French parents have social lives which don’t revolve around play dates and other moms. They go out with their friends, have regular dinner parties and have date nights quite often. This doesn’t mean that they love their children any less than we do, but they recognize the need to continue to be yourself and not lose a huge part of your life when you have children. French parents know that they have their own personalities and lives, and children can’t take that away from them. Furthermore, if parents need to go shopping or have a lunch date with friends and they don’t have anyone to look after the kids, they will take them along, again with no threats or bribery, the children are just expected to behave themselves and be patient, and more often than not they behave themselves and don’t moan that they’re bored. Also, at a restaurant or anywhere that a child might get bored, they’re encouraged to play with each other or draw or take a coloring book or toys, not an iPad or other form of technology.


As parents, we know how hard it is to establish a routine, whether it’s putting a baby to sleep in their own room, toddler bedtime or children getting ready for school, routines are extremely hard to stick to. In France, the family has a routine that rarely gets broken. Children wake up at the same time every day, they eat, snack, shower and go to bed at the same time, and they don’t wake up in the middle of the night! The routine may seem strict to you, but they don’t follow it as if it’s the law, they simply do the same things at the same times which with repetition becomes a habit and therefore a routine. Admittedly, in France, like their southern neighbors in Italy and Spain, they eat very late, between 8 and 9pm, which for our children would be extremely late, but the children go straight to bed after without complaint, and it’s just part of their lifestyle. Having a set routine allows parents to live an easier life because you don’t have to nag a child to do something, it’s just part of their daily routine.

Spoilt children

Buying a gift for a child just because they saw something they wanted is a no-go in France. The same as praising good behaviour with a toy or gift, it shouldn’t be done. At the gift-giving times of year like birthdays and Christmas, children will only receive one present from their parents. Children don’t need hundreds of toys! I know you’re picturing a French child’s bedroom as bare and empty with just a couple of toys but this really isn’t the case. Children receive gifts from other family members, and when they have too many they will give them away to charity or sell them at a “brocante” which is the French equivalent of a garage sale, held a couple of times a year in the village. Like I said, these children aren’t perfect, they might get upset at the thought of giving away their precious toys, but if they haven’t used them for a while or they’ve grown out of them, just like their old clothes, they have to be given away. French people really believe “waste not, want not”. Waste is uncommon in French households. Clothes must be mended, toys must be repaired and food must be eaten, because throwing things away, no matter how wealthy or poor the family is, is frowned upon. I can give the example of me throwing away underwear when the three year old had pooped her pants and the mum took the underwear out of the trash to clean them up, despite being a wealthy family.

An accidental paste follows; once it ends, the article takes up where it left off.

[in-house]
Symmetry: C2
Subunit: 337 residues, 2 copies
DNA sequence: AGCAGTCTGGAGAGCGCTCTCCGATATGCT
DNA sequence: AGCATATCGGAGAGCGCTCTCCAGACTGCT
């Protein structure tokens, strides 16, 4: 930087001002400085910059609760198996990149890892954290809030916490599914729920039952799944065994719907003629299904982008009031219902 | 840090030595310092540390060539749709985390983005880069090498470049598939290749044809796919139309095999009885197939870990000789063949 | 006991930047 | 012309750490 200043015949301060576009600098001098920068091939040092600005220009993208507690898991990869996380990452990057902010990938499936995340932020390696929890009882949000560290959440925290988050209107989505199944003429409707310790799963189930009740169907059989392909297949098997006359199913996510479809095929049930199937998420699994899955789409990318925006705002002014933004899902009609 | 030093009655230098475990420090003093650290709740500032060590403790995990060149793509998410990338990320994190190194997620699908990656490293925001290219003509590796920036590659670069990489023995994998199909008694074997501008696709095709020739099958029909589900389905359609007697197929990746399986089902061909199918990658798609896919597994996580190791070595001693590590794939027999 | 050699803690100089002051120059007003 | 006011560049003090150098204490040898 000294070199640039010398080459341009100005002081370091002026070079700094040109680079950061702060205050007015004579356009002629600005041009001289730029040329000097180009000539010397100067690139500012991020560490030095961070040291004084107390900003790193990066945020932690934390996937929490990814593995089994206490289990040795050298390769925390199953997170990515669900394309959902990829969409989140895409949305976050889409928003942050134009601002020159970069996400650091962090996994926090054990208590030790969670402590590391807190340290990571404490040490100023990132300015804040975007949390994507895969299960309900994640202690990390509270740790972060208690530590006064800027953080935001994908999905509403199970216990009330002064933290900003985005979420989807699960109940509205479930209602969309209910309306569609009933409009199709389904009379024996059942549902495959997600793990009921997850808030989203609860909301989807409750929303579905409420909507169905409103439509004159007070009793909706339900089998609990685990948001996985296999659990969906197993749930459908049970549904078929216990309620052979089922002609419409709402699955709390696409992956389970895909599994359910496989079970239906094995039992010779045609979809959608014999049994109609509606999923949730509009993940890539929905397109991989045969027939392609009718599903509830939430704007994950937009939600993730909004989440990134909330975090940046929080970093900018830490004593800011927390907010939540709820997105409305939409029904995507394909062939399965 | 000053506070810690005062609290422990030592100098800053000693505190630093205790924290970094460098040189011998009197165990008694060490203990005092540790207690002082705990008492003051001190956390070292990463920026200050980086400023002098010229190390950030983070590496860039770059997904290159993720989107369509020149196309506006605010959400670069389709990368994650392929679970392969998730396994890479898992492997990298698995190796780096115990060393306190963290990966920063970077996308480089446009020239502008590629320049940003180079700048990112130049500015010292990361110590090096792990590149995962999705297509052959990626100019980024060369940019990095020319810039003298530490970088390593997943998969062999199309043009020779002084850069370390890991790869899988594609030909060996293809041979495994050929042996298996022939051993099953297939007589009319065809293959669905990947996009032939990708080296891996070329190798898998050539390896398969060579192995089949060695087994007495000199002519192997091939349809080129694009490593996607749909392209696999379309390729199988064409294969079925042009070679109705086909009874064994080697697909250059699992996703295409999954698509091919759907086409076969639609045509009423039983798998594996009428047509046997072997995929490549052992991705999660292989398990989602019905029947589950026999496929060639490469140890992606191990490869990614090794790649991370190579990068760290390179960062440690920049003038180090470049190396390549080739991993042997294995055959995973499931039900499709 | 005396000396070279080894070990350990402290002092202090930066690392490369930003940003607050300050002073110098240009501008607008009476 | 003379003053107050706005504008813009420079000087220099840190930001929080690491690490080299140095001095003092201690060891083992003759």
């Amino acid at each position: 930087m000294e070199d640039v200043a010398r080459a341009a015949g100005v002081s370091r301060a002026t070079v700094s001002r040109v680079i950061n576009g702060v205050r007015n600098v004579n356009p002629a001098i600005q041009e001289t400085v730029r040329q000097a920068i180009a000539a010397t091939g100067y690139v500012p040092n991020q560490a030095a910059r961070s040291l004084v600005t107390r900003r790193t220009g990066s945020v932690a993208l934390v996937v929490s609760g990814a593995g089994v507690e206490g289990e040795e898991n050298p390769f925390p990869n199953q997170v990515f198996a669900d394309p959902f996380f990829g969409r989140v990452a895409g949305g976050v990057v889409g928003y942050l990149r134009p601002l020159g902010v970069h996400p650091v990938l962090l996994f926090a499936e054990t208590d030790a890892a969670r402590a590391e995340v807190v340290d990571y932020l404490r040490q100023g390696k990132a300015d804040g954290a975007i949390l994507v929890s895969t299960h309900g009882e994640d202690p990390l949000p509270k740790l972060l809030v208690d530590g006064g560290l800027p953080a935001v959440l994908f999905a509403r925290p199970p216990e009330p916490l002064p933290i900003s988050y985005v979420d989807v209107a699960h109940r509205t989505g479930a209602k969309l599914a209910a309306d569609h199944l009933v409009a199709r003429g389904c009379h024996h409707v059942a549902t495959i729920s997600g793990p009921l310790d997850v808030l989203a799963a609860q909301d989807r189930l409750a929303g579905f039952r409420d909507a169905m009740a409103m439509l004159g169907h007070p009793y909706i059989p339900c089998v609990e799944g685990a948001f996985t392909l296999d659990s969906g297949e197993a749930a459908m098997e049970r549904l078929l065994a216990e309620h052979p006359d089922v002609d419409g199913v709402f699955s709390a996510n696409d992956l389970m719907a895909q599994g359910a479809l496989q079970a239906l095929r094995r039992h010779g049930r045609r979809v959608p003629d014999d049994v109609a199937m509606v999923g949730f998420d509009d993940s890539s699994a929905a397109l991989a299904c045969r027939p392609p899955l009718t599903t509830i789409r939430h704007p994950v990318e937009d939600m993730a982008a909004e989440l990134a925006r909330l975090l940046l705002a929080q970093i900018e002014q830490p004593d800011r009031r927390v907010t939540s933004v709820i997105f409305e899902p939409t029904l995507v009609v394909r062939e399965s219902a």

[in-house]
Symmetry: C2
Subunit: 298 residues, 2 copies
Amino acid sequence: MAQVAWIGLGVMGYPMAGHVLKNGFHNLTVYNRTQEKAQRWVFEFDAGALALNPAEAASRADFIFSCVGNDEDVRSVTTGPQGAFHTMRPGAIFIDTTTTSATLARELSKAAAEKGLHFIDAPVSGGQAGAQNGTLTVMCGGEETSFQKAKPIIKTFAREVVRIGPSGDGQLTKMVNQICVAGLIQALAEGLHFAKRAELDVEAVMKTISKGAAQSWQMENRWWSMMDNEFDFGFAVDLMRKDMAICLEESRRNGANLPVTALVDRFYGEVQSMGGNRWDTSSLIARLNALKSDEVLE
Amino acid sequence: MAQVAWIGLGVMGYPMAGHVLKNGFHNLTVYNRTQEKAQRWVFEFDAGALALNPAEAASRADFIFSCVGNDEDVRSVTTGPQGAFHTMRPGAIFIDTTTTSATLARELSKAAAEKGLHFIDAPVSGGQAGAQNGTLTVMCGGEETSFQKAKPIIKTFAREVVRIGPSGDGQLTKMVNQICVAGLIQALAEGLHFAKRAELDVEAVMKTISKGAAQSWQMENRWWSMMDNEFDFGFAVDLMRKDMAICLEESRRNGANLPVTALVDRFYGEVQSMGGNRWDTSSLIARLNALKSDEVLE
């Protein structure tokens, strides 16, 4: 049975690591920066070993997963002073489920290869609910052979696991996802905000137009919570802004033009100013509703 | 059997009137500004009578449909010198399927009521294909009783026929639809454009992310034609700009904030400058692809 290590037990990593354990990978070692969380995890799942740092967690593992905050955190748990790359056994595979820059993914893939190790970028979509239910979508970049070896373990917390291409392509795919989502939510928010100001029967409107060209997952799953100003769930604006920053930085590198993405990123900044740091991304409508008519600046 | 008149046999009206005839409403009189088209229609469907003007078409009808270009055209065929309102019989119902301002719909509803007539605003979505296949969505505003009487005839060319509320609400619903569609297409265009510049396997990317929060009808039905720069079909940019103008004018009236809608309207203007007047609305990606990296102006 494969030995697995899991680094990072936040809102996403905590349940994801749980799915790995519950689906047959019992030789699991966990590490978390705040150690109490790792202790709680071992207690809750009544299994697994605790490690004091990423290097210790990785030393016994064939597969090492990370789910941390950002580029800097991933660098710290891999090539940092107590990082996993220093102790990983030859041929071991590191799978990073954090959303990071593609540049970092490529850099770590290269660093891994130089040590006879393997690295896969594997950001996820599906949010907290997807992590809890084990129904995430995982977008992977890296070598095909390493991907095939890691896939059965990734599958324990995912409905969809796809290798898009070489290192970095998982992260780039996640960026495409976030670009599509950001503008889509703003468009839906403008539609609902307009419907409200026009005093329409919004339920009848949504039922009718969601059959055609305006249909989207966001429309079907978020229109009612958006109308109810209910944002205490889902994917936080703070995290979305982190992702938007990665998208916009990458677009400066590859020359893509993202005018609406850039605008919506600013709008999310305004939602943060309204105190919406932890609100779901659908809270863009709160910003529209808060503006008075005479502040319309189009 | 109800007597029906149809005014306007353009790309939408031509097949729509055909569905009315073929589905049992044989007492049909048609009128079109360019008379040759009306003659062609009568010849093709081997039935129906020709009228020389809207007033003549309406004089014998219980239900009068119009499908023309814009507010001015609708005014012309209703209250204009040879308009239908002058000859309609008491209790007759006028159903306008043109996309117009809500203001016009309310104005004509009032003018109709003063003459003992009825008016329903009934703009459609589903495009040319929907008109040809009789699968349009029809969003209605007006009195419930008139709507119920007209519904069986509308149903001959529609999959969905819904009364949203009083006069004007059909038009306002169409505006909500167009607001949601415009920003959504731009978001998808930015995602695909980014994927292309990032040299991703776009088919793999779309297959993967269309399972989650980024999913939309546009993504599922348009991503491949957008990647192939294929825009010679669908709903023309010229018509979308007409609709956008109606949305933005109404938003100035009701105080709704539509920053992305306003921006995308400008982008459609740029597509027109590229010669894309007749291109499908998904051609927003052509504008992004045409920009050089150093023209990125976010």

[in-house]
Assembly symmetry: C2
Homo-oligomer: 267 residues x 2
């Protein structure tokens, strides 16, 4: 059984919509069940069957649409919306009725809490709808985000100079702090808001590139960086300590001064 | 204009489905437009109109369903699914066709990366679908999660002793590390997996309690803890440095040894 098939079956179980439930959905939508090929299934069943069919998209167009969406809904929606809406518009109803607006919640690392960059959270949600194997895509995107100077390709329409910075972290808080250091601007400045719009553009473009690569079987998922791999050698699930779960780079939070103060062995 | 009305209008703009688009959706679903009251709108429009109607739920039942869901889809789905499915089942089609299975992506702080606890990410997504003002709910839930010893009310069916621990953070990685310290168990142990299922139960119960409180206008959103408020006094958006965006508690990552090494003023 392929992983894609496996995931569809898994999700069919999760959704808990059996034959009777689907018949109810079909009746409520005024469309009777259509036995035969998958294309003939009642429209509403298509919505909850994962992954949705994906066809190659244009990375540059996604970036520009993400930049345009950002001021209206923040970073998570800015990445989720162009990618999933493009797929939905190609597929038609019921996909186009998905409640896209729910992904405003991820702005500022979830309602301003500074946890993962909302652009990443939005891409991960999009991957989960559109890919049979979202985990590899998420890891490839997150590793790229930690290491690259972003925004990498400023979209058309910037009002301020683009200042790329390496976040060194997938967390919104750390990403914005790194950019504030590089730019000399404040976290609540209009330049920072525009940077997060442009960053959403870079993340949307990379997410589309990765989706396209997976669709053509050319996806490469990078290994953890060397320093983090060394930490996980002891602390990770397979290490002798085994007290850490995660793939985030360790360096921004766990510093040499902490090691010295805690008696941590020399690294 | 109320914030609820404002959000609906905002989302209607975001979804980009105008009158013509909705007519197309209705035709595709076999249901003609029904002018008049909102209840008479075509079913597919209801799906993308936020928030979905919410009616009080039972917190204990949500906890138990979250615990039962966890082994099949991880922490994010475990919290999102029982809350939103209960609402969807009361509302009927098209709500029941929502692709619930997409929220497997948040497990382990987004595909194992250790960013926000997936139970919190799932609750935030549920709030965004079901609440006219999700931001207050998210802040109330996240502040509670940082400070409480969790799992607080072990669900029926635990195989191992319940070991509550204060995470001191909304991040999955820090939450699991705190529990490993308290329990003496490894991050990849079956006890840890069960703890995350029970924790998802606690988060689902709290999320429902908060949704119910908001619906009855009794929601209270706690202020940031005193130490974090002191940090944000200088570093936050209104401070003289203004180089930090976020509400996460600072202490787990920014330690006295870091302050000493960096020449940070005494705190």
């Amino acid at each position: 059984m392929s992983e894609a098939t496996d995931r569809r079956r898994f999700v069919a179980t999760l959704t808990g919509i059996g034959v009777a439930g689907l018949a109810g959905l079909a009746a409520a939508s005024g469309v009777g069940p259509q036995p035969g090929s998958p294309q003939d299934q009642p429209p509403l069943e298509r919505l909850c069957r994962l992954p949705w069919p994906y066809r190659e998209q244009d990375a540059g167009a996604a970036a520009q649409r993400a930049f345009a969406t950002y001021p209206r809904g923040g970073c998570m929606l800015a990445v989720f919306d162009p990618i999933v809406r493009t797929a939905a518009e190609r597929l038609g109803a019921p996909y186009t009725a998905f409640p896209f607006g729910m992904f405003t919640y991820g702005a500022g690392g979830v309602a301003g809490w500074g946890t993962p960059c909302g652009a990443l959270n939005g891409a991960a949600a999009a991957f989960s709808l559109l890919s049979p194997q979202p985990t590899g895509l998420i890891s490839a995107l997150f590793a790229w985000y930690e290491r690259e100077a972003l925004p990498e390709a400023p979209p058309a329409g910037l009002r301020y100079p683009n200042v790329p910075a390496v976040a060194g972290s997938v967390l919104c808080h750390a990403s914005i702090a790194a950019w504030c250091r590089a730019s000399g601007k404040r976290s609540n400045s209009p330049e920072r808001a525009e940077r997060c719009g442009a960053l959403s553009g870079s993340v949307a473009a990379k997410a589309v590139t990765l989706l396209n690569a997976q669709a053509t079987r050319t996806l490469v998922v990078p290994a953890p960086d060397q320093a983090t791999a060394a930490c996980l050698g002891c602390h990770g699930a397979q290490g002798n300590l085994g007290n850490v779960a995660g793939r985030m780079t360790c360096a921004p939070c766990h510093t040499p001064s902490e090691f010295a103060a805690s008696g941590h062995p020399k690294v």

There are many things I love about the French lifestyle, and while the culture is very similar to that of Anglophone countries, there are certainly a lot of differences between the way in which we go about our lives. Click on the link below to see some books about France that I love for many different reasons!

My favorite books about France!